Shostakovich

24.12 sa 19:00—20:45
Shostakovich

Christmas Concert

24.12—25.12 sa 23:59—02:00
Christmas Concert

Diaghilev+ Party

26.12—27.12 mo 23:00—02:00
Diaghilev+ Party

Private Philharmonic Triumph

The programme includes:

Dmitri Shostakovich (1906–1975)

String Quartet No. 7, Op. 108 (1960)

String Quartet No. 10, Op. 118 (1964)

String Quartet No. 13 in B-flat minor, Op. 138 (1970)



Performers – the soloists of the musicAeterna orchestra

String Quartet No. 7, No. 10

Dmitry Borodin – first violin

Olga Artyugina – second violin

Dinara Muratova – viola

Vladimir Slovachevsky – cello


String Quartet No. 13

Olga Volkova – first violin

Ivan Subbotkin – second violin

Nail Bakiev – viola

Miriam Prandi – cello


12+

Dmitri Shostakovich turned to the genre of string quartet being a mature master, who wrote the operas “The Nose” and “Lady Macbeth of the Mtsensk District”, three ballets, and five symphonies, and he never abandoned it until the end of his life. Since the time of the Viennese classics, quartets have been considered as a sort of reduced symphonies, it has become common to look for and find in them the features of orchestral writing, a large dramatic form – all those features that could be defined as “symphonism”. Shostakovich has it all. However, there is something else in Shostakovich’s quartets: a unique property of chamber music writing, in which the instruments have equal parts, each containing unexpected timbre finds and opportunities for major solo utterances.


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Perm Philarmonic Organ Hall

The programme includes:

musicAeterna Choir

Chief Choirmaster and Conductor – Vitaly Polonsky



Josquin des Prez (ca. 1450/55 — 1521)

Gaude virgo mater Christi

Tomás Luis de Victoria (1548 — 1611)

Alma Redemptoris mater a 8 voci, antiphon (before 1581)

Adrian Willaert (ca. 1490 — 1562)

Ave regina coelorum

Johann Sebastian Bach (1685 — 1750)

Ich lasse dich nicht, motet BWV 1164 (1712, 1735)

Knut Nystedt (1915 — 2014)

Immortal Bach (1988)

Alfred Schnittke (1934 — 1998)

Three Sacred Hymns (1984)

I. Our Father

II. Lord Jesus Christ

III. Hail Mary, Full of Grace

Nicolas Gombert (ca. 1495 — ca. 1560)

Lugebat David Absalon, motet (undated)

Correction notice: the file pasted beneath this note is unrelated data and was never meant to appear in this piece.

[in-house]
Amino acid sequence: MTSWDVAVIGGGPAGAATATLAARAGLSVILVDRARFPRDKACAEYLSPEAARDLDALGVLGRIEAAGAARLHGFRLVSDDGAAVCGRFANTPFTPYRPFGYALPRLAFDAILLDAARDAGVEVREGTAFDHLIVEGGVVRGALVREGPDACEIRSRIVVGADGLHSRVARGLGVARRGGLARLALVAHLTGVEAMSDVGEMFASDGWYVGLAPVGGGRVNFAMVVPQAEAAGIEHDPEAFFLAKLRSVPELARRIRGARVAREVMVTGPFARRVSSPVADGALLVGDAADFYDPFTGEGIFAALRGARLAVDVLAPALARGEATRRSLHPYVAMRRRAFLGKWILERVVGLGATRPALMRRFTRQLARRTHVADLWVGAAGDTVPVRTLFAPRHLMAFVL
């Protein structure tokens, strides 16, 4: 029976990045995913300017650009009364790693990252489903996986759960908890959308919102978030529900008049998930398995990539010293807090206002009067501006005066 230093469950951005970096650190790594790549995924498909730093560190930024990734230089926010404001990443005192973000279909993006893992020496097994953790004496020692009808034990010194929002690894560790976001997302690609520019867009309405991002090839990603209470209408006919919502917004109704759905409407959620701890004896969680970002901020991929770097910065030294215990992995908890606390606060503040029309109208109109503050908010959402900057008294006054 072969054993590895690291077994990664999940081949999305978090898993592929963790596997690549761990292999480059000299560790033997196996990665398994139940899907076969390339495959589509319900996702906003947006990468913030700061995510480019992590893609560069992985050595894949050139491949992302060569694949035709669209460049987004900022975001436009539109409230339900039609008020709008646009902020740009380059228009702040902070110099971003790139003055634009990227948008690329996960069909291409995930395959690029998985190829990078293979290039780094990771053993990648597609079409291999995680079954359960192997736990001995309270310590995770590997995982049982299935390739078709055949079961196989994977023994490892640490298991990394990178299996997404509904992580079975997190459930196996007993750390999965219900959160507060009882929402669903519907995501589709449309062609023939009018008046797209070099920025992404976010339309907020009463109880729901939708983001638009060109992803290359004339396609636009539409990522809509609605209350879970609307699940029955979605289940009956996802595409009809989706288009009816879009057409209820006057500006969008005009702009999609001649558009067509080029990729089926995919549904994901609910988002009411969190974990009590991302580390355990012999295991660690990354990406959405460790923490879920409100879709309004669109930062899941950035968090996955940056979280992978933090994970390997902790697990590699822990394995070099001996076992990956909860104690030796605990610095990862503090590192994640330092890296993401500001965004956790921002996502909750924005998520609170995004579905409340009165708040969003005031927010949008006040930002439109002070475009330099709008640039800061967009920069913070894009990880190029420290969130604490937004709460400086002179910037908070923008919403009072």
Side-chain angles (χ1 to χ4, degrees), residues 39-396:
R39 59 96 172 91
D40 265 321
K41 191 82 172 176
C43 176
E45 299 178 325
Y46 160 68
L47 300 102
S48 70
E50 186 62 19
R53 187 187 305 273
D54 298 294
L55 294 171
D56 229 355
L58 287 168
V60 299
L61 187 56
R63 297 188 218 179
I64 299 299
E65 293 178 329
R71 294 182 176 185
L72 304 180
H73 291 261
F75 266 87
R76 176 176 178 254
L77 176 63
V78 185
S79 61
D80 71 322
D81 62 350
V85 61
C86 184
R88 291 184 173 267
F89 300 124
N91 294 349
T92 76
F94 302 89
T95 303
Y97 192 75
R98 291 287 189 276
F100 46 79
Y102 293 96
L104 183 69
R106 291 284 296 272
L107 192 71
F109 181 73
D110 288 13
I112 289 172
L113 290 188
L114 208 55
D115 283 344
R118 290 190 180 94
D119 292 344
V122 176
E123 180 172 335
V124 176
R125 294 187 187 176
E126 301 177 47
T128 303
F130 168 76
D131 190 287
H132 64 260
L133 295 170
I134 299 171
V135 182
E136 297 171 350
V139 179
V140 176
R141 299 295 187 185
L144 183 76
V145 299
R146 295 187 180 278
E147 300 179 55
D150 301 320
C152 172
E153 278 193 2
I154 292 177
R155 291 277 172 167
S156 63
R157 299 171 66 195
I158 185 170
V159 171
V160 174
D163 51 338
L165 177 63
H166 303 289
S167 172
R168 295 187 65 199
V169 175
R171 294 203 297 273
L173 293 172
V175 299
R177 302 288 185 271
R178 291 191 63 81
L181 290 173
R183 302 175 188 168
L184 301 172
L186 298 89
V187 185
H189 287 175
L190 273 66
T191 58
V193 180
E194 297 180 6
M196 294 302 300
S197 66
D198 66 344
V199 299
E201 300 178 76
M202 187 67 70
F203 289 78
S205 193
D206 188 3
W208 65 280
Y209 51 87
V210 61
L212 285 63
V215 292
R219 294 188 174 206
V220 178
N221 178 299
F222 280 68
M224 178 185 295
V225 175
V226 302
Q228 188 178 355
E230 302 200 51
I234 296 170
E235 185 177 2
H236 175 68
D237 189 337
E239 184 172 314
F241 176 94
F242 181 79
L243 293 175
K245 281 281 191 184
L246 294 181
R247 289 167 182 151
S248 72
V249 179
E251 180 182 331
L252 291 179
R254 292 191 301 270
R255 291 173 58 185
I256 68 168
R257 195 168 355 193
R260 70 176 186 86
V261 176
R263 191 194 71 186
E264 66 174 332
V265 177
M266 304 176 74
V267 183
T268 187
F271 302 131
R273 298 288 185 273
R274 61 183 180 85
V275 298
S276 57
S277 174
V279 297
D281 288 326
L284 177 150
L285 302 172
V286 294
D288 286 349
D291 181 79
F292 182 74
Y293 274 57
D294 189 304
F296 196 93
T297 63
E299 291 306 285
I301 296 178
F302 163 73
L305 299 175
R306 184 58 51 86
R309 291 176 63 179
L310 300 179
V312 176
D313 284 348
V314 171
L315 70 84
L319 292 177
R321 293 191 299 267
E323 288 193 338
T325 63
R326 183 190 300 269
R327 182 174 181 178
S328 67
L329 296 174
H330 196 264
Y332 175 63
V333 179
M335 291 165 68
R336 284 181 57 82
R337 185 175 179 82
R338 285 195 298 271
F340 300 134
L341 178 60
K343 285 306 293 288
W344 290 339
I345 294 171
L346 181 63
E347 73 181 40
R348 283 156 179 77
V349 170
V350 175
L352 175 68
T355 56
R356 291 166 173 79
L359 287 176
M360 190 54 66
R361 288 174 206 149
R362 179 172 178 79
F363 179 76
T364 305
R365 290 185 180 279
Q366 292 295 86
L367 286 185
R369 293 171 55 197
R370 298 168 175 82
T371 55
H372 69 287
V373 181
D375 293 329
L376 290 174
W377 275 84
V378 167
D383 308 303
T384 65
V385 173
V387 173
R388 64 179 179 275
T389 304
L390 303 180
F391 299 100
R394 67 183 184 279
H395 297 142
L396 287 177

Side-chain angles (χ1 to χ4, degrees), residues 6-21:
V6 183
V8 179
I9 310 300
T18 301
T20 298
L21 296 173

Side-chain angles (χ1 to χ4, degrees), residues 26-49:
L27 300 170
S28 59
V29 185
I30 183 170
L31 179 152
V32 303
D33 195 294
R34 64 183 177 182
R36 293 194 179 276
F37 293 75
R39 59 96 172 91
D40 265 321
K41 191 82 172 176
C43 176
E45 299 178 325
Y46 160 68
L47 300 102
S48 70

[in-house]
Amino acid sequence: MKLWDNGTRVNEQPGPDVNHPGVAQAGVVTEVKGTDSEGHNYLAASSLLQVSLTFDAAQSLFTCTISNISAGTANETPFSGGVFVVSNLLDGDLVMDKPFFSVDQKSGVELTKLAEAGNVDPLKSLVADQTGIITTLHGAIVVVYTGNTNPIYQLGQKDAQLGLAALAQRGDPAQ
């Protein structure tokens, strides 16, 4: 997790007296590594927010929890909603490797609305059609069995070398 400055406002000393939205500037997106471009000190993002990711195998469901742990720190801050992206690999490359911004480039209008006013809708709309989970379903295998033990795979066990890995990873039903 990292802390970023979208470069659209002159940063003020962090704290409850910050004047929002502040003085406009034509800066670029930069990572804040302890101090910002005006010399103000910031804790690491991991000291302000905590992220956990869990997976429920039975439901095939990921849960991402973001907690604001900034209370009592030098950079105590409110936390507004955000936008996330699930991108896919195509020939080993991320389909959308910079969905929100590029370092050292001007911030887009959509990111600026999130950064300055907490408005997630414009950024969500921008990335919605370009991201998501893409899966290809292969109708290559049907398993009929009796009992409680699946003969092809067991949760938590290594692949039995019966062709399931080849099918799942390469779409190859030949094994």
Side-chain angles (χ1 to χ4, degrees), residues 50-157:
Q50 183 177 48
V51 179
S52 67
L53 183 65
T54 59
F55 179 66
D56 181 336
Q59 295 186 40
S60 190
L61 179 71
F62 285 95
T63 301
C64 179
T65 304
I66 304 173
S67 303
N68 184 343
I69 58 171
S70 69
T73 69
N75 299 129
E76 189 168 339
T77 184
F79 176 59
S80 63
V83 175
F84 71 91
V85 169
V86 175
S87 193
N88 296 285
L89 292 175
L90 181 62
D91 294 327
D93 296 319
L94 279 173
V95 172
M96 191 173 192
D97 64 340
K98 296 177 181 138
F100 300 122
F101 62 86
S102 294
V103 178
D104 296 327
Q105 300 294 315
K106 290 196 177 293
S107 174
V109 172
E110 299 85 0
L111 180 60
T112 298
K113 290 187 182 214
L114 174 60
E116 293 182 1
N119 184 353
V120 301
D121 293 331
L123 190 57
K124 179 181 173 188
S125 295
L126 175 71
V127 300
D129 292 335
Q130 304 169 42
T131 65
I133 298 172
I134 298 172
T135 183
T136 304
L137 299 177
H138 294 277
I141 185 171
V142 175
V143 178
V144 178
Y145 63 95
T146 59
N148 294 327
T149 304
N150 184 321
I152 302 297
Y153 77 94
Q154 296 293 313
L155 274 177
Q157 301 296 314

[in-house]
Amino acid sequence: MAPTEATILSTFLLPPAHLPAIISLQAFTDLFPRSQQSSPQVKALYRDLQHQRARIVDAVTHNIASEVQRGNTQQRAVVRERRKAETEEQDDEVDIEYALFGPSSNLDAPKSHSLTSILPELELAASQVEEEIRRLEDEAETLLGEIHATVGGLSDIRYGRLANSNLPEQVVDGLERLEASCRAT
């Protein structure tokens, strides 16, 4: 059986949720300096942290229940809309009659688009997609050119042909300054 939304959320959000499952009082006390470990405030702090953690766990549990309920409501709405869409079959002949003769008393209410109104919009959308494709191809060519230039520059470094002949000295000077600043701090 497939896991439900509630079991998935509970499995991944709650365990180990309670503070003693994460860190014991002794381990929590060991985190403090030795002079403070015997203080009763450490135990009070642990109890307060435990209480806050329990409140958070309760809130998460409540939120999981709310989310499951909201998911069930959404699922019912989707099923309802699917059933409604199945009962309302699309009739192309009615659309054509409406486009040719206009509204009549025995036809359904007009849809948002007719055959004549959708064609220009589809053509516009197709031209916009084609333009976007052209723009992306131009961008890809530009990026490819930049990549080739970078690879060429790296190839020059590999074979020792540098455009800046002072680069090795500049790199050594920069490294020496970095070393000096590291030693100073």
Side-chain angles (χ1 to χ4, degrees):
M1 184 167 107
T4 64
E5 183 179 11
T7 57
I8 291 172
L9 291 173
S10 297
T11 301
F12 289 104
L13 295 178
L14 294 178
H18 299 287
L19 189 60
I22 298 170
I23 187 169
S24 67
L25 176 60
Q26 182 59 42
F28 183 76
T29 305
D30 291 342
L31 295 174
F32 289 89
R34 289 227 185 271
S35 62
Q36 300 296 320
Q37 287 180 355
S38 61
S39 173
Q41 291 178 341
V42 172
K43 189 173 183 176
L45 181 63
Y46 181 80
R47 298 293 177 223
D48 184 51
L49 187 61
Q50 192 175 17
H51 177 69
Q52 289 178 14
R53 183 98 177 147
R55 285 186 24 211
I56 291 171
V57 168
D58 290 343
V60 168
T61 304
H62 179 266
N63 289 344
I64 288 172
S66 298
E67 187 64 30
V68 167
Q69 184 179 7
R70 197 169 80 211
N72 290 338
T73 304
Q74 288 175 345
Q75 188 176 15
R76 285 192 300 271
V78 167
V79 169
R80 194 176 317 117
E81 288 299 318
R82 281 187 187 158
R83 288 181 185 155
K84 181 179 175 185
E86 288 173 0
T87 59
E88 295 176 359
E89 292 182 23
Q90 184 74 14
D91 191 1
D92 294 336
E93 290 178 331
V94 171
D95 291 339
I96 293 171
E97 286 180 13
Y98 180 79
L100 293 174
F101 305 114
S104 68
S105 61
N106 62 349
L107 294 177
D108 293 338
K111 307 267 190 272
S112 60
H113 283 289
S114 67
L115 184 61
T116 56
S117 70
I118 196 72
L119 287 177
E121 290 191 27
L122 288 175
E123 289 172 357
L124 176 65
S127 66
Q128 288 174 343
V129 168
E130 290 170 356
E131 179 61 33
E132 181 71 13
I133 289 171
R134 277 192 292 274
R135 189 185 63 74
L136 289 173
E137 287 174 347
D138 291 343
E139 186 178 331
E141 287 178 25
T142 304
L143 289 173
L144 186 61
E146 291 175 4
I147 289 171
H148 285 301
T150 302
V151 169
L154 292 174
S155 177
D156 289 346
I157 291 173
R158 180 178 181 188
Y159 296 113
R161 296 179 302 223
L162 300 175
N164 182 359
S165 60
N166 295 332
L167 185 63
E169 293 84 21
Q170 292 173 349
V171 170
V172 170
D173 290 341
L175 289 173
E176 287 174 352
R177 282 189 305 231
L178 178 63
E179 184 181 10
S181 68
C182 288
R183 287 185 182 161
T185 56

Antonio Lotti (1667 — 1740)

Crucifixus a 8 voci from Credo in F Major (before 1717)

Andreas Moustoukis (b. 1971)

The Liturgy of St. Leontius, Part III (2021)

Felix Mendelssohn (1809 — 1847)

Warum toben die Heiden, psalm No. 2 from the cycle "Three Psalms for Soloists and Choir", Op. 78 (1844)

Francis Poulenc (1899 — 1963)

O magnum mysterium

Hodie Christus natus est, motets No. 1 and 4 from the cycle "Four Christmas Motets", FP 152 (1952)


18+

The Christmas programme of the musicAeterna Choir spans over the period of 600 years encompassing pieces of spiritual music written from the 16th to the 21st century. It opens and concludes with compositions dedicated to the holy Christmas Day, but covers all the key moments of life when one turns to Christ.

After the three Marian Renaissance motets by Josquin des Prez, Tomás Luis de Victoria and Adrian Willaert, Johann Sebastian Bach's motet Ich lasse dich nicht ("I Will Not Let You Go Until You Bless Me") set to the text from the Book of Genesis, which tells about the mysterious and meaningful meeting of Jacob with God, sounds in sudden contrast. This motet, in turn, enters into a dialogue with the chorale by the modern Norwegian composer Knut Nystedt Immortal Bach, which transforms the first stanza of Bach's funeral chorale Komm, süßer Tod ("Come, sweet death") into a shimmering, melting echo of voices repeating the same phrase at different tempos again and again.

Three Sacred Hymns by Alfred Schnittke – Orthodox prayers for every day – meet with David's lament for his son Absalom in the Renaissance motet by the composer of the Franco-Flemish school Nicolas Gombert, a fragment of the Liturgy of St. Leontius by musicAeterna resident composer Andreas Mousotukis, and a dramatic chorale Crucifixus ("Crucified") by Baroque master Antonio Lotti.

Only after going through the full cycle of human life, the concert programme returns to its title theme. In the finale, two chants from the Christmas cycles will be performed. Felix Mendelssohn's psalm Warum toben die Heiden ("Why Do the Nations Rage?"), written for the Christmas service of 1843, literally depicts the transition from militancy to pacification. And only the psalms by Francis Poulenc from the cycle "Four Christmas Motets" are filled with unalloyed joy for the Christmas miracle.


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Shpagin Plant / Hall No. 5

The programme includes:

Alternative Music Concert

18+

Diaghilev + will traditionally be concluded with an alternative music concert. musicAeterna and Teodor Currentzis actively support artists working at the confluence of various styles and trends, whether this be eight-channel sound art, avant-garde noise, or club cabaret noir. At the Diaghilev+ venues new figures of the experimental music scene will be presented. 


▪ Wooden Whales (Murmansk)

It is one of the most notable Russian bands of the recent years. New Sincerity with transparent female vocals and a flow of guitar sound only becomes deeper, more complex and more diverse with each their release.


▪ kraaa (Saint Petersburg)

This is a solo project of a sound artist from Minsk who is a resident of St. Petersburg Dom Radio. Kraaa's music is a desperate leap into the void between existential anxiety and cosmic peace. Into a space filled with a sensual voice, noise textures and a low-frequency drone.


▪ Molitva [Prayer] (Perm)

What to expect from a band whose members have neither names nor faces? A band that plays in balaclavas and records live in the forest at night? The answer is naive mysticism, psychiatric atmosphere, oriental motives in arrangements, and theatrical performance on stage.



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